Close
0 item(s)
0 Tax excl.
EXPRESS DELIVERY
SECURED ONLINE PAYMENT

Purchase before 6pm CET,
we'll ship your order the same day

Knowledge share - Filters for digital printers

 

KNOWLEDGE SHARE
FILTERS FOR DIGITAL PRINTERS

Pure unadulterated ink is a necessity for digital printing. It ensures quality output and supports optimum printer health. 
The filtration of ink happens during ink formulation and throughout the physical printing process, when a printer is in the hands of the customer.





Pretty much all-digital printing machines from grand-format to the humble home office unit use filters in one form or another. However, larger machines that use bulk, open ink systems need greater filtration considerations than say, smaller printers such as Mutoh, and Roland that use vacuum sealed ink cartridges instead.

Digital Inkjet filtration is a tricky business, far more so than traditional ink filtration. With very small drop sizes often smaller than 10 picolitres, and nozzle orifices at under 20 microns, filtration happens at less than one tenth of the nozzle size, and smaller again when dealing with water soluble dye based inks.

Filters ensure that any particles, dust or debris that may have inadvertently compromised the ink are captured. Debris of any kind can seriously mess up a printer. A partially blocked or fully blocked printhead can lead to poor output, spoiled media and squandered ink which costs both time and money.

One of the biggest threats that contaminated, unclean ink can cause is fatal printhead damage, one of the most important and expensive elements of a printer. Therefore filters on a digital printer also act as bodyguards, protecting valuable printheads because once any foreign bodies get lodged here, it’s virtually impossible to remove them.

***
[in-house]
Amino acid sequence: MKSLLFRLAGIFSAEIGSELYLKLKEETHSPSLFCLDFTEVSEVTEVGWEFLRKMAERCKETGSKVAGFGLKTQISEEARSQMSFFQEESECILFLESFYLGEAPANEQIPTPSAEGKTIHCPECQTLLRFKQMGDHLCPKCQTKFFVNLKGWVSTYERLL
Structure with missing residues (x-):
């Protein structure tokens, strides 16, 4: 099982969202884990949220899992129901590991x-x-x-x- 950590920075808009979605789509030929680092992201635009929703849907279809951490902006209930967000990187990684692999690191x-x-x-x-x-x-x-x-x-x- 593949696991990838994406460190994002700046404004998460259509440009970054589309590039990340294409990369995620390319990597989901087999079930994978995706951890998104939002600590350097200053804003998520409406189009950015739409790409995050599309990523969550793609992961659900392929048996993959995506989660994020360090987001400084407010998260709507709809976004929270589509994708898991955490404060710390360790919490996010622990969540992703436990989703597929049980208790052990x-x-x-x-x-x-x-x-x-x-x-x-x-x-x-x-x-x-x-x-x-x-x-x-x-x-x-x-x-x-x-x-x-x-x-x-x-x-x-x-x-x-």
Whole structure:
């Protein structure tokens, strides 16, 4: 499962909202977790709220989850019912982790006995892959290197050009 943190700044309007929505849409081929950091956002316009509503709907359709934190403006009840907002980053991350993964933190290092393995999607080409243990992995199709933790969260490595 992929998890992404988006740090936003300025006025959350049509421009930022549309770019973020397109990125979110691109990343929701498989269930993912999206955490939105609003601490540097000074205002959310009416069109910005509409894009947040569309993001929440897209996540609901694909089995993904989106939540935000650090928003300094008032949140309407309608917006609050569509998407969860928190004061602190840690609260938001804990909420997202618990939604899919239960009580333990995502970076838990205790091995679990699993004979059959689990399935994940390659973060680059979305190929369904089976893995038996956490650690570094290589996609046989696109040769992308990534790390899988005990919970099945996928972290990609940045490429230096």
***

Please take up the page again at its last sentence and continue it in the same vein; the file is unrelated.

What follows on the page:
Ink can be contaminated at the manufacture stage with ‘gels’ being formed in chemistry particularly with UV inks. Then there’s oversized pigments to contend with that may have formed.

Other issues revolve around system contamination, which is what happens to the ink once it gets put into a printer. It may come across things like dried ink residue in ink tanks, particles of plastic and small fibres from tubing and valves plus a smattering of localised, good old fashioned, environmental dust.

It’s worth noting here that printers that used closed cartridge ink systems don’t have the same system contamination concerns as the ink exists in a sealed, cartridge vacuum, so not even air can get into it.  Rather than using filters, cartridge ink printers use dampers, which have a small mesh trap to catch any unwanted debris.

The main part of the filtration process is carried out at the ink manufacture stage, as it is here where the quality of the ink is generated.  There’s a whole smorgasbord of reasons that ink needs filtering here from the creation of ‘gels’, to pigment agglomeration through to bacteria growth.

If you’ve got poor quality ink chemistry, which the cheaper Chinese and South East Asian inks have a reputation for, whatever filters you incorporate into a printer can’t compensate for this. Bad ink is pretty much always bad ink.

Filter manufacturers are key partners to digital printer manufacturers (and by default digital ink manufacturers who are often one and the same) as they are involved in the formulations of the ink at source.